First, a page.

2019 NICE Clinical Knowledge Summaries

1613. Bruising: How should I assess a person with bruising?

— suggests corticosteroid use, hypothyroidism, ageing, self-inflicted injury, a collagen defect, or factor XIII deficiency. Laxity — may suggest . Pallor — suggests anaemia, which may be associated with malignancy. Jaundice — suggests liver disease. Petechiae (tiny, round, non-blanching, pinpoint flat spots less than 3 mm in diameter) — for example at clothing line pressure sites may indicate a platelet disorder; or if in the distribution of the superior vena cava they may follow coughing, vomiting (...) , suggesting . Tenderness — may be seen in acute leukaemia or neuroblastoma. Examine the abdomen for: Splenomegaly — suggests malignancy or (rare). Hepatomegaly — suggests malignancy or liver disease. Ascites, caput medusa, and spider telangiectasia — suggest chronic liver disease. Examine the head and neck. The oropharynx — for signs of bleeding, trauma, or healing injury to the frenulae (may suggest other non-accidental injury); gum hypertrophy may occur in monocytic leukaemia; wet purpura on the buccal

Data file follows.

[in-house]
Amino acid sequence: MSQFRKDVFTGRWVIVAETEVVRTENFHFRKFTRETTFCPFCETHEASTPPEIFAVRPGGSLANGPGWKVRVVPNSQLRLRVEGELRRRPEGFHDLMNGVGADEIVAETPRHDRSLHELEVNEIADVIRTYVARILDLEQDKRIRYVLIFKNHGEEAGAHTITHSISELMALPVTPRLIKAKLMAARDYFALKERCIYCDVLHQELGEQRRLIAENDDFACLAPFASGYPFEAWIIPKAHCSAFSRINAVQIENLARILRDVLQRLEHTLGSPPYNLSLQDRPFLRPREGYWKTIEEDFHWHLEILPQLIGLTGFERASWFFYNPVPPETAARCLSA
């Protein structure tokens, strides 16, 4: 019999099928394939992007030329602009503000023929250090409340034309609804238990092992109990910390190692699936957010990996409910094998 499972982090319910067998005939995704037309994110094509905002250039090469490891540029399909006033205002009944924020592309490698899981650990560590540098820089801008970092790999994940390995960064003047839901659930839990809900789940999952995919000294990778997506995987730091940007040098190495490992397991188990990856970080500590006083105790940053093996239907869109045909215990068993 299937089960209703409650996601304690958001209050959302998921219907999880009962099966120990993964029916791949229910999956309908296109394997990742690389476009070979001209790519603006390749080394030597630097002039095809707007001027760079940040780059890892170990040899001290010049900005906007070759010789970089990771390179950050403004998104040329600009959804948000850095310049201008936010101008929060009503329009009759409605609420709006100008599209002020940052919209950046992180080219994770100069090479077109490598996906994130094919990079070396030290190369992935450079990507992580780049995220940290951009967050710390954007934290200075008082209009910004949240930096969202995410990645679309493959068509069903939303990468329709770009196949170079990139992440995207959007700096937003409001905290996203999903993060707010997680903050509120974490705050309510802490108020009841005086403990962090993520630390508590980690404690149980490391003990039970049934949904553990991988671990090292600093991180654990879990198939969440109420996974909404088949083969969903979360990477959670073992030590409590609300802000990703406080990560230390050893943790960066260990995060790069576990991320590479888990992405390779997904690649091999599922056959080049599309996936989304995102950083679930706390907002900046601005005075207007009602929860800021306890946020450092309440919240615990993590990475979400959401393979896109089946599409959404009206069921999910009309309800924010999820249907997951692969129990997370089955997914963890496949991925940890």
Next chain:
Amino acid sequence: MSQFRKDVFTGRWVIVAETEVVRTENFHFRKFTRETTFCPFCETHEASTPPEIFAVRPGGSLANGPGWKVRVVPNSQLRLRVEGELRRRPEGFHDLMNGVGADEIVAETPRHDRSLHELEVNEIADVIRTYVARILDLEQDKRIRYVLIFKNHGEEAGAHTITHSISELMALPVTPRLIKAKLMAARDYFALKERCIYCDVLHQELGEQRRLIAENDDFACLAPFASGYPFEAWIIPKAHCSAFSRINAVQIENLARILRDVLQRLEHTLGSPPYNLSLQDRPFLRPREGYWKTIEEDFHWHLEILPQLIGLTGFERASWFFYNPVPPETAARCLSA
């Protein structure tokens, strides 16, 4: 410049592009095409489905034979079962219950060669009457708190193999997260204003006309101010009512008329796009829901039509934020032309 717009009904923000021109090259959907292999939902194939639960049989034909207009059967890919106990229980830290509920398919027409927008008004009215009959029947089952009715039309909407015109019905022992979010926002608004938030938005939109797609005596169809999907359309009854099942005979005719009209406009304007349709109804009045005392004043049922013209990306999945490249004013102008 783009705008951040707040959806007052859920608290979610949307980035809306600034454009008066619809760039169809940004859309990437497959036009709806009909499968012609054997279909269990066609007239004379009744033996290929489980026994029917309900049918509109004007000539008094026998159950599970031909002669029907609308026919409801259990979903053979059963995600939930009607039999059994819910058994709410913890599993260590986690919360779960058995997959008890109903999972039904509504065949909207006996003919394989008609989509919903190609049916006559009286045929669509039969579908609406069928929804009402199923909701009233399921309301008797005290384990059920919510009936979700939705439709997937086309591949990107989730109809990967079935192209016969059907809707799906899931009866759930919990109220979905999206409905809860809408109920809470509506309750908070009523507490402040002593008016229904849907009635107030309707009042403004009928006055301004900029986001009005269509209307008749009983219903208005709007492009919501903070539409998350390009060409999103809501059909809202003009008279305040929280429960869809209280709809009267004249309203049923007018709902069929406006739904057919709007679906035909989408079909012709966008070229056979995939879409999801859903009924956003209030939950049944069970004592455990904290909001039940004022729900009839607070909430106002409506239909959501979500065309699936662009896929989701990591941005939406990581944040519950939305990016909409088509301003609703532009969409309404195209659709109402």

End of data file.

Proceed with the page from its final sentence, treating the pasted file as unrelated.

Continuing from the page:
2019 NICE Clinical Knowledge Summaries

1614. Blackouts: How do I diagnose the underlying cause of a blackout?

, pleuritic chest pain, thromboembolic (TE) risk factors, such as previous TE disease, prolonged immobilisation (e.g. flight > 4 hours), smoking, contraceptive pill or HRT use, known malignancy, or family history of thromboembolism. Be aware that syncope is a relatively common finding in older people with a PE (24% of people aged over 65 years). For more information, see the CKS topic on . Occult haemorrhage — suggested by recent tissue trauma or signs/symptoms of GI bleeding (haematemesis, and melaena (...) levels, if hypoglycaemia is suspected. Full blood count to check haemoglobin levels, if anaemia or bleeding is suspected. Assess for the presence of a life-threatening cause for blackout, such as: Myocardial infarction and ischaemia — suggested by a history of coronary artery disease (CAD) and preceding chest pain. ECG may show signs of infarction such as ST-segment elevation, new left bundle branch block, and/or arrhythmia. Note that a normal ECG does not exclude CAD. If there is any suggestion